Where is Horton Bluff and Minas Basin?

Cape Blomidon
Cape Split
Minas Channel
Burntcoat Head
Bay of Fundy
Bay of Fundy
Annapolis Valley
Avon River

Horton Bluff is a small headland at the mouth of the Avon River. A lighthouse situated above its seacliffs guides gypsum ships to the mouth of the Avon River, leading to a loading wharf at Hantsport. The seacliffs are about 25 metres above mean sealevel.

Twice daily the Fundy tide floods through the Minas Channel into Minas Basin creating a vertical range of tide between 7 and 15 metres, and occasionally up to 16 metres (the average is about 11m). The height of tide varies with the ever changing arrangement of Sun and Moon relative to Earth.  Weather and shoreline characteristics are also significant tidal factors.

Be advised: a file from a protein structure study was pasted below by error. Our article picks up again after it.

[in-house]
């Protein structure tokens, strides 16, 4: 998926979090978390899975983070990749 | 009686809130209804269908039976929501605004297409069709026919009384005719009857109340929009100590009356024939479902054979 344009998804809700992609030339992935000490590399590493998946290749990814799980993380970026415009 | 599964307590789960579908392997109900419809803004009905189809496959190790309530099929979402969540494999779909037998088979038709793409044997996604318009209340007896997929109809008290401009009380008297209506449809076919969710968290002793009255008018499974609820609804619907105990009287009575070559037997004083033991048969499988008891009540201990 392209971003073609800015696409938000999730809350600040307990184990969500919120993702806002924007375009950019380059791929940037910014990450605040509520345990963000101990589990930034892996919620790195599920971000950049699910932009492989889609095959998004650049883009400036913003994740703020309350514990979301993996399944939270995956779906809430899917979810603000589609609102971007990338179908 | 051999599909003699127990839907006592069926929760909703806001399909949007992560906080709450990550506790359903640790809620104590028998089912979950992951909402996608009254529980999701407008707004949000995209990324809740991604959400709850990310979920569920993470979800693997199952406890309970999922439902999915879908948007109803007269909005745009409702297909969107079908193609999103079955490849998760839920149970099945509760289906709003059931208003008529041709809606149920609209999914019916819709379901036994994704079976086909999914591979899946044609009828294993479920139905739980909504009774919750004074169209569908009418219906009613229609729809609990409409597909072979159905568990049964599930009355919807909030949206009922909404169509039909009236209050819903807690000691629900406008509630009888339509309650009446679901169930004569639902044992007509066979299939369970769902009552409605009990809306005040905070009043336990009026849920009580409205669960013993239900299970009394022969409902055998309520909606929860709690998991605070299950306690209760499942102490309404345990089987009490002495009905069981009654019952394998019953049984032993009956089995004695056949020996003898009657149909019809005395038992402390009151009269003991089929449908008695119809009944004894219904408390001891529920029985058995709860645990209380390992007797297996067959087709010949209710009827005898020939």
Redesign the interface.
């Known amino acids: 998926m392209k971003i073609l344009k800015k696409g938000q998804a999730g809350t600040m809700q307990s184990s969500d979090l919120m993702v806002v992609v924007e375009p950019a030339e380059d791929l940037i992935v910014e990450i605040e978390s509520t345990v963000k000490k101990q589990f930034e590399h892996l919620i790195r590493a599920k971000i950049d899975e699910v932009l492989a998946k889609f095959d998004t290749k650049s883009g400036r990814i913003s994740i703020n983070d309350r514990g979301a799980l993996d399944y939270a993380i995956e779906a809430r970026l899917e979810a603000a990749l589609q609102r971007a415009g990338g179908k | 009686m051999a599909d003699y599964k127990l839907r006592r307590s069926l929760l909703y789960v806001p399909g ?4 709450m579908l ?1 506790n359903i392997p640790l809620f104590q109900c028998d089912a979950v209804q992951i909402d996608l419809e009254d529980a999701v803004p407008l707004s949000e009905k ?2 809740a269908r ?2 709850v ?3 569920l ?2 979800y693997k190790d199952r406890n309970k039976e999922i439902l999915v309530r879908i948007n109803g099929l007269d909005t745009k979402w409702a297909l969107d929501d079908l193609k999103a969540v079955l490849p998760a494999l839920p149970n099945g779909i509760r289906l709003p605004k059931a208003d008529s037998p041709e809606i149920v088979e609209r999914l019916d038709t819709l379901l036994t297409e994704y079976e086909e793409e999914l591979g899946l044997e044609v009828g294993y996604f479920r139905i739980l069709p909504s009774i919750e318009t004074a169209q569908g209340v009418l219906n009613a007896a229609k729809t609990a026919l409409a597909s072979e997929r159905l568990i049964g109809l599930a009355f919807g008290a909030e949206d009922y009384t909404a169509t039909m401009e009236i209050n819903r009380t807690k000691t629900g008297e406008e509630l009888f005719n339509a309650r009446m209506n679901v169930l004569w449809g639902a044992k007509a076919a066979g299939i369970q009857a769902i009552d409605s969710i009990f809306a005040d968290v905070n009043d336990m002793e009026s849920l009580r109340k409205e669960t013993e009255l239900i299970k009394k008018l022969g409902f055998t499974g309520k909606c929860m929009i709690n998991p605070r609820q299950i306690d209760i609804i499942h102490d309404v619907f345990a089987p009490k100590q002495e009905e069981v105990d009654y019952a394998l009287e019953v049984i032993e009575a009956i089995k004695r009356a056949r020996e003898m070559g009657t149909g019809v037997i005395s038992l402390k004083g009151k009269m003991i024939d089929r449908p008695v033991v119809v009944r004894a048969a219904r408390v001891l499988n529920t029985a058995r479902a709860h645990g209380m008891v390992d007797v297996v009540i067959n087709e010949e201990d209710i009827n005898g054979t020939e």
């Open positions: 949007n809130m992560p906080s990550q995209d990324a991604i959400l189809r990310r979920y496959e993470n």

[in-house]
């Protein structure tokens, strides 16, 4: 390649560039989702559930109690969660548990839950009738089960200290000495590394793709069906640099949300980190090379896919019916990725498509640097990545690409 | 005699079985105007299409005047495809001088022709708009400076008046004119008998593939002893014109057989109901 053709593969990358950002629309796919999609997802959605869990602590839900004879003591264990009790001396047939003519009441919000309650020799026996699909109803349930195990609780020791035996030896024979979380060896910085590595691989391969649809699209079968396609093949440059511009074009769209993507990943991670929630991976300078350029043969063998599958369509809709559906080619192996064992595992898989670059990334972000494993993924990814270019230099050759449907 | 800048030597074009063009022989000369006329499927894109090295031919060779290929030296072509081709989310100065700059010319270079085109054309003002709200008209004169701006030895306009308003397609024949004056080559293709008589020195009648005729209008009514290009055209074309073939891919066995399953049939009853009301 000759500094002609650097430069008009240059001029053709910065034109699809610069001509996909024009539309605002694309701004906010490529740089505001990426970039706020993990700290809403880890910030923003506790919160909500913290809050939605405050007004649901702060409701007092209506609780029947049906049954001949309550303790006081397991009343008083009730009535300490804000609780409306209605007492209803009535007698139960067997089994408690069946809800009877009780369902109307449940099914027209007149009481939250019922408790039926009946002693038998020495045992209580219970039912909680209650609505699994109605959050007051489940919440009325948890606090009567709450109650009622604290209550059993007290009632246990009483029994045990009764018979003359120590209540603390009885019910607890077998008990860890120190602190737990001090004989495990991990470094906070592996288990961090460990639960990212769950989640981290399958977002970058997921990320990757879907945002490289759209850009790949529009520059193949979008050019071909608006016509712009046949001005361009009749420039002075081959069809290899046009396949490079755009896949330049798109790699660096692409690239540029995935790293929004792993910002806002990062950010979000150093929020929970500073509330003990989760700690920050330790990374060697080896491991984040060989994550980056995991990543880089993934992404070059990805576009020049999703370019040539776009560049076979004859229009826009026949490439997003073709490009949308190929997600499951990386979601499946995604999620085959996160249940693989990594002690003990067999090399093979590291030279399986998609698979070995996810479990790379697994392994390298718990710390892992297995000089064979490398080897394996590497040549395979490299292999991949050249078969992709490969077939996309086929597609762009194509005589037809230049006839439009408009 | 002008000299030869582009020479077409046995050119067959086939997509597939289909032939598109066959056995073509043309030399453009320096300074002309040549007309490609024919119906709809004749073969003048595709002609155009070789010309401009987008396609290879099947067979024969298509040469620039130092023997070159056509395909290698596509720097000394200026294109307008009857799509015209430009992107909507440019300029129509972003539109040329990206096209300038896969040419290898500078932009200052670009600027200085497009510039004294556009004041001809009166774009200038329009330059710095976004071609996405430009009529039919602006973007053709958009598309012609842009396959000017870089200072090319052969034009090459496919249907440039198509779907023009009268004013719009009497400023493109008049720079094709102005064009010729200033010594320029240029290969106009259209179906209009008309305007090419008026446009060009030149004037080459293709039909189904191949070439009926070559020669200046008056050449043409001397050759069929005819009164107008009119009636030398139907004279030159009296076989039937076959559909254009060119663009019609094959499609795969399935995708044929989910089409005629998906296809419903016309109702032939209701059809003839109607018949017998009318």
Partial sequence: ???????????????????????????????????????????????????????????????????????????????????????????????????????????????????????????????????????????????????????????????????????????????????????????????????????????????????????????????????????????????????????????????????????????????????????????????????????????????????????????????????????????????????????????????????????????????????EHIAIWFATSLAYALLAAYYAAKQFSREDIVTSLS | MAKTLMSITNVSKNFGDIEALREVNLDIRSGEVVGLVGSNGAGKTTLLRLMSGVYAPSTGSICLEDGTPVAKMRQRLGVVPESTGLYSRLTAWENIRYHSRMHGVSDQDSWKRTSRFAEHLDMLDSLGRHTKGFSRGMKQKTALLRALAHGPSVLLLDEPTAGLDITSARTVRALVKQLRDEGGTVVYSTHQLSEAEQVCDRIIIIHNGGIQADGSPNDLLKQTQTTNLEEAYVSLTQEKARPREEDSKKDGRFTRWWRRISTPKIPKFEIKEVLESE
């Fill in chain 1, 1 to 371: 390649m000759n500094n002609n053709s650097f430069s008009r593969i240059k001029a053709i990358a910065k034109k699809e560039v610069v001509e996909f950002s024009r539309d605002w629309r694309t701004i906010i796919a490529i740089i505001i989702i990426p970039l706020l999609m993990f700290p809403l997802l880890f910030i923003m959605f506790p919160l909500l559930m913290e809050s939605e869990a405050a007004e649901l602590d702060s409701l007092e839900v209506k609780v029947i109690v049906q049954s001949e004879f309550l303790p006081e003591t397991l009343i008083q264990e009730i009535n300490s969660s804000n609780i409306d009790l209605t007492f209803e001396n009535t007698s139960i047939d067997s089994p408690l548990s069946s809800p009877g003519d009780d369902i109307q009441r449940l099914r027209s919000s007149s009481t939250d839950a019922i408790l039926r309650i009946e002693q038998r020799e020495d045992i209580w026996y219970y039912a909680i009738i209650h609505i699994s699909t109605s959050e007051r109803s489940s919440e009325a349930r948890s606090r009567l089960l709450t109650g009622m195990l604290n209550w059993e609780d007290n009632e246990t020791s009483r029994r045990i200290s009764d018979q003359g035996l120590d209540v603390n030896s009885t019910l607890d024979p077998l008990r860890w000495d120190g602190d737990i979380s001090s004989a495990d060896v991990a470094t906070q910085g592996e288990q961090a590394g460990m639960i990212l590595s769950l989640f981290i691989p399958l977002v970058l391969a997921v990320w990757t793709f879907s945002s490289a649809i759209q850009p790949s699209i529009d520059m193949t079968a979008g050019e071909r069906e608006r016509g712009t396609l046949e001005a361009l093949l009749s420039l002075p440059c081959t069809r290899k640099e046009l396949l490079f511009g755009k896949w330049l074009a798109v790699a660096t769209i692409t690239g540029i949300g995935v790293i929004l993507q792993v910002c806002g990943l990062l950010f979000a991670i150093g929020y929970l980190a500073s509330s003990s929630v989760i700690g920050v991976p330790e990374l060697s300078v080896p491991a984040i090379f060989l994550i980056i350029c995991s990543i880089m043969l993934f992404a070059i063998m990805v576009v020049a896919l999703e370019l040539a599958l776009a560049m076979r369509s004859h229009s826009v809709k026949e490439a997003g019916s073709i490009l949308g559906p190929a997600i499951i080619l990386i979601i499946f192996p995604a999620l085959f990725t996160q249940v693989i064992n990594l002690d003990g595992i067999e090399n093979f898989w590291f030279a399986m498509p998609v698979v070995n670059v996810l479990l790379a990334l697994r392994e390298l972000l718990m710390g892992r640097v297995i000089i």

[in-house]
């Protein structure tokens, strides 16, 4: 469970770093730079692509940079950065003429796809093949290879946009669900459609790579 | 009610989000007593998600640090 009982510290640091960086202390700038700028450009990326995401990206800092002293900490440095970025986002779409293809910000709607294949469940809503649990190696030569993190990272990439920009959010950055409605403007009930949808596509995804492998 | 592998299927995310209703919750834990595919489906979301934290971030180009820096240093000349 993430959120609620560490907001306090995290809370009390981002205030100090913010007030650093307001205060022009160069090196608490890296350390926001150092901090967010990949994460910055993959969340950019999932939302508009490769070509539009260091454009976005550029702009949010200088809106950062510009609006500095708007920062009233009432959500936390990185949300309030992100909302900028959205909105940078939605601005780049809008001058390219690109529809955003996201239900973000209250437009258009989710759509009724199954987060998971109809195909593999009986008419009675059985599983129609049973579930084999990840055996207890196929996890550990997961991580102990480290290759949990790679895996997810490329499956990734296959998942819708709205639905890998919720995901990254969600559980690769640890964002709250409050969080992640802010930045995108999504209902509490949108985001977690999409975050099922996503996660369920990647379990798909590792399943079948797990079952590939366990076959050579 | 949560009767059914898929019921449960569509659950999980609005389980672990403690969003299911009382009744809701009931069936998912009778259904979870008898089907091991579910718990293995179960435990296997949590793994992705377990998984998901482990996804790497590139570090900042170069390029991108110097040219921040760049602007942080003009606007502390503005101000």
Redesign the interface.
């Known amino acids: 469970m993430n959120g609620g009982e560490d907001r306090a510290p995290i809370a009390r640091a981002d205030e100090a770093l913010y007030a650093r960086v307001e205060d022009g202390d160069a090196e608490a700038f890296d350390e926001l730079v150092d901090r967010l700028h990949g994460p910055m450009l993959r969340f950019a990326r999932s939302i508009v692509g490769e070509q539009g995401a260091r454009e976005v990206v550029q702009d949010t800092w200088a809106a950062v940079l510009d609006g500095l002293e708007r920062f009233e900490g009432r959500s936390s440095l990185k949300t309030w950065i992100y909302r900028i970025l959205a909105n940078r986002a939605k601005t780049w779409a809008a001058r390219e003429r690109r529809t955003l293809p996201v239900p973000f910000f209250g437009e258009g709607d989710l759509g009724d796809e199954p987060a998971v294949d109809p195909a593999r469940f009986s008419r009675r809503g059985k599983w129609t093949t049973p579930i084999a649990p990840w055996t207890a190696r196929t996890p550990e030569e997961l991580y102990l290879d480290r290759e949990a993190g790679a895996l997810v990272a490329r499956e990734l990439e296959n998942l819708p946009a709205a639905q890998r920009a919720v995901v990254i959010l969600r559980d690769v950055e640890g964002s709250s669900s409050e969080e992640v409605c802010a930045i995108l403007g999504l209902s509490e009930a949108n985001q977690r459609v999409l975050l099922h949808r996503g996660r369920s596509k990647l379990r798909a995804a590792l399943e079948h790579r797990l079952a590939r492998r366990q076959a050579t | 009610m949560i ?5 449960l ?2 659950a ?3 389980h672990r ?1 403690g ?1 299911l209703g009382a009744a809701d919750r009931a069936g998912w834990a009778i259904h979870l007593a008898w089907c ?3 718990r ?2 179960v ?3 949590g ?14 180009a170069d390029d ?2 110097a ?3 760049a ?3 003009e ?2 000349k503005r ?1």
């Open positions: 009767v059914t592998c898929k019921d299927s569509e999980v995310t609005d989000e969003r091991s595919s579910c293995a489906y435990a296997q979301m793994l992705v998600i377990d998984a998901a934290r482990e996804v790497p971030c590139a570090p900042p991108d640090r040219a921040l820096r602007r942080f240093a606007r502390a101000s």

The physical characteristics of the Gulf of Maine and Bay of Fundy combine to produce a tidal resonance that amplifies the tidal pulse from the Atlantic Ocean, creating the large Fundy tides which reach maximum range in Minas Basin and Chignecto Bay.  A tide in excess of 16 metres has been recorded at Burntcoat Head.

  Calculations show that, at mid tide, the flow volume (the per hour input of water), into the Minas Basin via Minas Channel is about equal to the hourly flow of all rivers on Earth combined (a flow that delivers about 4 cubic kilometres of water per hour).

Gulf of Maine
Bay of Fundy
Chignecto Bay
Minas Basin